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Re: How to keep unix eoln in repository

From: Joi Ellis
Subject: Re: How to keep unix eoln in repository
Date: Tue, 14 May 2002 10:54:23 -0500 (CDT)

On Tue, 14 May 2002, Larry Jones wrote:

> juhas writes:
> > 
> > Despite the fact that our compile & link platform is UNIX, some
> > of our developers edit source files on windows. And they always
> > forget to change win eolns to unix eolns...
> Developers who edit files on Windows should be using a Windows CVS
> client to checkout and commit the files.  The CVS clients are
> responsible for converting between the local text file format and the
> canonical text file format (which just happens to be the same as the
> Unix text file format).

This is a problem when one wants to edit on windows but actually build
and execute the app on unix.  The obvious way of getting the files
back into the unix environment is to commit them to the repository and
then run cvs update on the unix platform before building.

Doing this requires that developers commit untested code into the
repository.  Depending upon the working environment, this may be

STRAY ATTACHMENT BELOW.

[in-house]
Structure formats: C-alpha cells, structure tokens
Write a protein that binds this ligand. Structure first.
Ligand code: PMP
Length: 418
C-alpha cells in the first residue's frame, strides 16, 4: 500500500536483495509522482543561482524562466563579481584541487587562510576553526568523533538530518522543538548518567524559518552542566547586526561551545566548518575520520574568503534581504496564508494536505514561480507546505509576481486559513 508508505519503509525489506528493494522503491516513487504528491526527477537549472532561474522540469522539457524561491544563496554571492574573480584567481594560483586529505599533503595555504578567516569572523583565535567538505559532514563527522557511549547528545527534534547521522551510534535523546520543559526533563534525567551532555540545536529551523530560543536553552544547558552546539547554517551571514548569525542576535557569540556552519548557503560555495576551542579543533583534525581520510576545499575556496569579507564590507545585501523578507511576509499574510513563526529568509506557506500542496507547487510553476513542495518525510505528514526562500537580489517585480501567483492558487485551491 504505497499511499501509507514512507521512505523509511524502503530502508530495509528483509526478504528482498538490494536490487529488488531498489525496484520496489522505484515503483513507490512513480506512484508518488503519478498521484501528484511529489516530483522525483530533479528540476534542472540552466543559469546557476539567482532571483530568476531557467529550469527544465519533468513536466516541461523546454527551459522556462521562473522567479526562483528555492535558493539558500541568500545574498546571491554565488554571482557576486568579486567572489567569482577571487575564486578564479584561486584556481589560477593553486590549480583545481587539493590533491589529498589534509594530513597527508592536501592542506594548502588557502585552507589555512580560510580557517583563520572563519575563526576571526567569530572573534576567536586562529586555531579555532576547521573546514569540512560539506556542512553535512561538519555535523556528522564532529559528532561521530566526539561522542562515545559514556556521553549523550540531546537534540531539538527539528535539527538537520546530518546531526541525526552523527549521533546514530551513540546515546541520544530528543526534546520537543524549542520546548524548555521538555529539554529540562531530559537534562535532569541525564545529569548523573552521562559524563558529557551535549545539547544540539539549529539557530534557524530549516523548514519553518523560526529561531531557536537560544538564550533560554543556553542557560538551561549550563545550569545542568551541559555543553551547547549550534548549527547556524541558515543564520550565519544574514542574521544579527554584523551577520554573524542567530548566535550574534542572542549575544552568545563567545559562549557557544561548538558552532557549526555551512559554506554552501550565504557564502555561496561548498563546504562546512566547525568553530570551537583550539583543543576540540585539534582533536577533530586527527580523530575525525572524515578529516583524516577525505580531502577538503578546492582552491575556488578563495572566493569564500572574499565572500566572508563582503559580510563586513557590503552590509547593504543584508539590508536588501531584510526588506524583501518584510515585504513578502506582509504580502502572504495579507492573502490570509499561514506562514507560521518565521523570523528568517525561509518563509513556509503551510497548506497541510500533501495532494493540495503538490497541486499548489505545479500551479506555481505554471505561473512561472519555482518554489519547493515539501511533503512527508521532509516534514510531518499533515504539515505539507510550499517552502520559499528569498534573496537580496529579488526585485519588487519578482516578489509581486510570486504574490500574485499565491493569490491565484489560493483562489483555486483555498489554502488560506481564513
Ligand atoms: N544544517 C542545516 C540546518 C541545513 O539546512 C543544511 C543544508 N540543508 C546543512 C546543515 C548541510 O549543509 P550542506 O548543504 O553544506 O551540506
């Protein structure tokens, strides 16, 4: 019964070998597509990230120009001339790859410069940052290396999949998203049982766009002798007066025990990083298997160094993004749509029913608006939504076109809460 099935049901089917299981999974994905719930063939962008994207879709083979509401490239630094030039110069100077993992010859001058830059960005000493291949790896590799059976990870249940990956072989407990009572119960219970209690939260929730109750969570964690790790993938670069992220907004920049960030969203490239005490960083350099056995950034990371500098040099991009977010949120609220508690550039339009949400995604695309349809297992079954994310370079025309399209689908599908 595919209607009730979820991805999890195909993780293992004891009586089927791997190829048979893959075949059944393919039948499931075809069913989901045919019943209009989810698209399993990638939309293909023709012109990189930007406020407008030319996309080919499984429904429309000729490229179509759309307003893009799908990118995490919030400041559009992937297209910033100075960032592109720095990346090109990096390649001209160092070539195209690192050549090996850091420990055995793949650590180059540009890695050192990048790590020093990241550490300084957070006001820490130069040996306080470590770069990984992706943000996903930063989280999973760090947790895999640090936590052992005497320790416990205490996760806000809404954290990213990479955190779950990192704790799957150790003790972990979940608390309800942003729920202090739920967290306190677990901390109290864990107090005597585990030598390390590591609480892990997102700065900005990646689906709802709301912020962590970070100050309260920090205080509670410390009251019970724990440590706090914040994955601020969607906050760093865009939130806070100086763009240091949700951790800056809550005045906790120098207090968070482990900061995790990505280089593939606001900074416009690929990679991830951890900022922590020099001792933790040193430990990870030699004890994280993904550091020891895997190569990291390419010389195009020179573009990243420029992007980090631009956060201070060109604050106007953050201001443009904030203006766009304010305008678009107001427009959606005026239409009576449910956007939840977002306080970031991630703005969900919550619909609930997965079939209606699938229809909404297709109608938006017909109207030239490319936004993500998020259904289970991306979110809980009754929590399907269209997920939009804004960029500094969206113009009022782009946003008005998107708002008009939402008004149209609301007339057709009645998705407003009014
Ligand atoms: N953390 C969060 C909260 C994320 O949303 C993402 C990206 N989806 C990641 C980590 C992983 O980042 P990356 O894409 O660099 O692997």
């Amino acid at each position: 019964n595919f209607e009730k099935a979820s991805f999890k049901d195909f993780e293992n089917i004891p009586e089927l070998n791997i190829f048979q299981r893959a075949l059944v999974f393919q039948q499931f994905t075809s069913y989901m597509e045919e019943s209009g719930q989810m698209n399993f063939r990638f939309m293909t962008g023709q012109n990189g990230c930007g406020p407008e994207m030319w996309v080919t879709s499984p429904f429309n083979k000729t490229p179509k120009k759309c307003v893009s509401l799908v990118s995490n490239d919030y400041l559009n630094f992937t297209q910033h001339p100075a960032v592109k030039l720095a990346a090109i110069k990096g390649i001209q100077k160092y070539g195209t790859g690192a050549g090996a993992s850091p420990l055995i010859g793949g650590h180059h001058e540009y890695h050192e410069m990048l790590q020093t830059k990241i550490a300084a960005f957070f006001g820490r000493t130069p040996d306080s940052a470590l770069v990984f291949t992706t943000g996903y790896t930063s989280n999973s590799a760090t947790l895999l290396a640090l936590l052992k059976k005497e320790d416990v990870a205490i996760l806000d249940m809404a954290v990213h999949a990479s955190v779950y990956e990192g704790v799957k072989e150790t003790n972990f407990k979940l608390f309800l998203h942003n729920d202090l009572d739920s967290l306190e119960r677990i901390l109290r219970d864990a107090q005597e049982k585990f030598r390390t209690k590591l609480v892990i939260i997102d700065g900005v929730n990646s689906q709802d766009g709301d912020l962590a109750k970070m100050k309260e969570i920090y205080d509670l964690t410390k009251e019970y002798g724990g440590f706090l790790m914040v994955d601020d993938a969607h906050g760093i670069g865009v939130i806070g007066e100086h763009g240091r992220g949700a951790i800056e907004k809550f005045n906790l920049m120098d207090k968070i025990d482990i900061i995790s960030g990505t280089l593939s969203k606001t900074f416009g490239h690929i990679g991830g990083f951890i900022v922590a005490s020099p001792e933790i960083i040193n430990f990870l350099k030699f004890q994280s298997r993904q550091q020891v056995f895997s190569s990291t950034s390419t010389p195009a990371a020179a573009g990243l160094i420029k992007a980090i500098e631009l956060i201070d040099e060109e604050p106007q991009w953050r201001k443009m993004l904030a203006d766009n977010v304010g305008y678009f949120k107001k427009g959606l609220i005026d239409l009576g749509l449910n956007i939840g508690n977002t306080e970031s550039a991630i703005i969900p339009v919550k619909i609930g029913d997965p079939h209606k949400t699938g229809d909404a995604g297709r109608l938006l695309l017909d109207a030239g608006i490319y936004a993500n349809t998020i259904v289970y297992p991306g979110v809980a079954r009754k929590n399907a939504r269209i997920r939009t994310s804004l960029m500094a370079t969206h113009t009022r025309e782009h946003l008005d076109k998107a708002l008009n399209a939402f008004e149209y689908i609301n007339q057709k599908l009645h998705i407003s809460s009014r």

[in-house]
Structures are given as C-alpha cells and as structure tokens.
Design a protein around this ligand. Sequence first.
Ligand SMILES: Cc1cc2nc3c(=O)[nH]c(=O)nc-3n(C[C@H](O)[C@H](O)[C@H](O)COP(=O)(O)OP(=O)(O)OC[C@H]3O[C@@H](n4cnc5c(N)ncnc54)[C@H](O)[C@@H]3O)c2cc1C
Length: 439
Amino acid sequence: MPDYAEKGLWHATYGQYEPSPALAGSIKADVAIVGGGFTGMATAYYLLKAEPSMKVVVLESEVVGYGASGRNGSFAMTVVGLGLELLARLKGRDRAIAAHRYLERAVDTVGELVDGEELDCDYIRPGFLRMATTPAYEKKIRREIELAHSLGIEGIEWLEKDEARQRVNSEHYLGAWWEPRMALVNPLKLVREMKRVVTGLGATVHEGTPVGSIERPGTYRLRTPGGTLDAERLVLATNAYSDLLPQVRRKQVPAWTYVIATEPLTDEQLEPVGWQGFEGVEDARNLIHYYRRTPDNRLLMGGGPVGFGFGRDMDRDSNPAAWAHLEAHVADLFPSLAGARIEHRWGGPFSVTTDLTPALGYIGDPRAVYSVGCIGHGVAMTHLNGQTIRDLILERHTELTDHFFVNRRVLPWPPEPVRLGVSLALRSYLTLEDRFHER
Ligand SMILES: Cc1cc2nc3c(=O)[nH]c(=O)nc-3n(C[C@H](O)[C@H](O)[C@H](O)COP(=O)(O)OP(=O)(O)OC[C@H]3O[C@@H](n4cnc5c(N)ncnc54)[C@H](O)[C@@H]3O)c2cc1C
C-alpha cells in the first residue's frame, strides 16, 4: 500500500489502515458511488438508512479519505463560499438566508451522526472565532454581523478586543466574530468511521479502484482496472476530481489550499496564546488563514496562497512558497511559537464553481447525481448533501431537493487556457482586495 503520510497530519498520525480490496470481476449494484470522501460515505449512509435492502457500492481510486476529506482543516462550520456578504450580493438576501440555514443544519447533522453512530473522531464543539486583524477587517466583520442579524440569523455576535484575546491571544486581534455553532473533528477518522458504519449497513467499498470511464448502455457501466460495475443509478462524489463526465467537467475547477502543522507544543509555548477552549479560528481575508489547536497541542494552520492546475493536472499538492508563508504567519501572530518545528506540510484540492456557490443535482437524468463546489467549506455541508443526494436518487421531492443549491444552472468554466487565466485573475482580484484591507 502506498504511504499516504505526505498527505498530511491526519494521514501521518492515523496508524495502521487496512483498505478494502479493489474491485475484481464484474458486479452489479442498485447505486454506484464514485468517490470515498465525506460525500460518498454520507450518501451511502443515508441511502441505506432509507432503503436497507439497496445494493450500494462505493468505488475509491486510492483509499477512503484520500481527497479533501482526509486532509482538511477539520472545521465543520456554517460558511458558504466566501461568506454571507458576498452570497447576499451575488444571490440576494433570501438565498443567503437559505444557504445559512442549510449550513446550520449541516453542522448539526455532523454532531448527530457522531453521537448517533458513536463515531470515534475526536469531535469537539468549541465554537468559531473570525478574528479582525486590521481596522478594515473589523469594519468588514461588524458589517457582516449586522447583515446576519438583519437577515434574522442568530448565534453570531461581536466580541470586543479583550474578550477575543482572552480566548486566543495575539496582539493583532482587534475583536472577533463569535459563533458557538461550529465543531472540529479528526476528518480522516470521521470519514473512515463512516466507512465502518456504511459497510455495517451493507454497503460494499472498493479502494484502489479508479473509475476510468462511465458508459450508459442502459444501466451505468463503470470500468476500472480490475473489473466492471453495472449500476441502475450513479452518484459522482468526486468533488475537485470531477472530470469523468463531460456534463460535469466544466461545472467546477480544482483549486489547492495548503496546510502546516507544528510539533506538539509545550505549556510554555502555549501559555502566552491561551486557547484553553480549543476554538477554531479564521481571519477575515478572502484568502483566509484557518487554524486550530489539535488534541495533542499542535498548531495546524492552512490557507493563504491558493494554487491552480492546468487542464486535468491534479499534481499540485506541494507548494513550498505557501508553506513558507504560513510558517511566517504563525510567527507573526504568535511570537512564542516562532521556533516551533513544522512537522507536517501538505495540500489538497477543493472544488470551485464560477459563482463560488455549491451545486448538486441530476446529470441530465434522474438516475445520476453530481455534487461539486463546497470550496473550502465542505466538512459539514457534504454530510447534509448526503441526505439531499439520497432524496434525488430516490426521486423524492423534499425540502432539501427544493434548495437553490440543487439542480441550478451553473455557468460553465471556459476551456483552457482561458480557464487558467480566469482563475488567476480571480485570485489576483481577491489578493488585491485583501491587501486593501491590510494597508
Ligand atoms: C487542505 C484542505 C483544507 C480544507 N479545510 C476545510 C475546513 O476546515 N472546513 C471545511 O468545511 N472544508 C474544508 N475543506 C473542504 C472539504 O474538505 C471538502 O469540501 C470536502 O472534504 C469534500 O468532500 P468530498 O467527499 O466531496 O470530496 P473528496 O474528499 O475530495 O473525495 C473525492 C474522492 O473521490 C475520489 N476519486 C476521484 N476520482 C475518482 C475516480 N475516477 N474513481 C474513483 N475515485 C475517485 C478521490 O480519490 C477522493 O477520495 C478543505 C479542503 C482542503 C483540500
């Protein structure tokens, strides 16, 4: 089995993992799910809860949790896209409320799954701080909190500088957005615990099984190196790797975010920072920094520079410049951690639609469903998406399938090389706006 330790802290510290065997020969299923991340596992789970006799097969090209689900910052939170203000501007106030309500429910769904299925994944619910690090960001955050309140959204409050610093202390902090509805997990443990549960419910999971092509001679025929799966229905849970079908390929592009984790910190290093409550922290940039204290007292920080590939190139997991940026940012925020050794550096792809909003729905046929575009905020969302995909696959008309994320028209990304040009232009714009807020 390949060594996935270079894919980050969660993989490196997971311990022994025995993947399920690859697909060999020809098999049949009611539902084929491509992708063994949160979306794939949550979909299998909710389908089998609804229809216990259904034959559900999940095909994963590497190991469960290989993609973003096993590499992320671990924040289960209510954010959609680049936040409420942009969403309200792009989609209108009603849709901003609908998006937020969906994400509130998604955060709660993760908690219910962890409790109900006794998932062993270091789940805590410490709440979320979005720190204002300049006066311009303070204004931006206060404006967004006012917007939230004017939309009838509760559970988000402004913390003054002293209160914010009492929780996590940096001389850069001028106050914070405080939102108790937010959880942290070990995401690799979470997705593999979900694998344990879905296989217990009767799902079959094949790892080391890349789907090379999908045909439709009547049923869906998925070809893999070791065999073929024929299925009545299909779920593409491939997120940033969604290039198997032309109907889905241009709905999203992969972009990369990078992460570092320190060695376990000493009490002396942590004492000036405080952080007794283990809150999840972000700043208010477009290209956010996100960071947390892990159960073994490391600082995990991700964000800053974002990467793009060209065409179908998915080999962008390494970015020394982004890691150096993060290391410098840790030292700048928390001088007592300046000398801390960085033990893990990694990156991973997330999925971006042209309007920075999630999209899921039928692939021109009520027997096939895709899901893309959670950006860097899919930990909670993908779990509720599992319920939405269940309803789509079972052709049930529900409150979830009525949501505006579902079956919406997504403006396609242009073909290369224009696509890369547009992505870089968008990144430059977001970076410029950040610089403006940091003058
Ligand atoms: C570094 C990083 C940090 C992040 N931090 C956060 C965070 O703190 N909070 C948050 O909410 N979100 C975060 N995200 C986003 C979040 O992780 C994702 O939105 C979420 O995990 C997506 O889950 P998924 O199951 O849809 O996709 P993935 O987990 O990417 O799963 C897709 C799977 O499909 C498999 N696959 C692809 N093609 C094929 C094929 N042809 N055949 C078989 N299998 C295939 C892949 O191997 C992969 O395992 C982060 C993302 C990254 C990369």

forbidden either by policy (pointy-hair whim or developer agreement) or
even by code (commitinfo scripts that do pre-builds, etc.)

Using cvs to handle the eoln is only going to solve the problem for
a small number of users, it isn't a good general solution.  Using cvs
to translate the eolns adds two additional steps to every build process,
and risks creating a repository with untrustworthy code in it.  I don't think
this is a good solution at all, myself.

I believe abandoning Windows editors is the best solution.  At the very
least, invest in a smarter editor for the developers who insist on involving
two different platforms in their development process.

Joi Ellis                    Software Engineer
Aravox Technologies          address@hidden, address@hidden

No matter what we think of Linux versus FreeBSD, etc., the one thing I
really like about Linux is that it has Microsoft worried.  Anything
that kicks a monopoly in the pants has got to be good for something.
           - Chris Johnson

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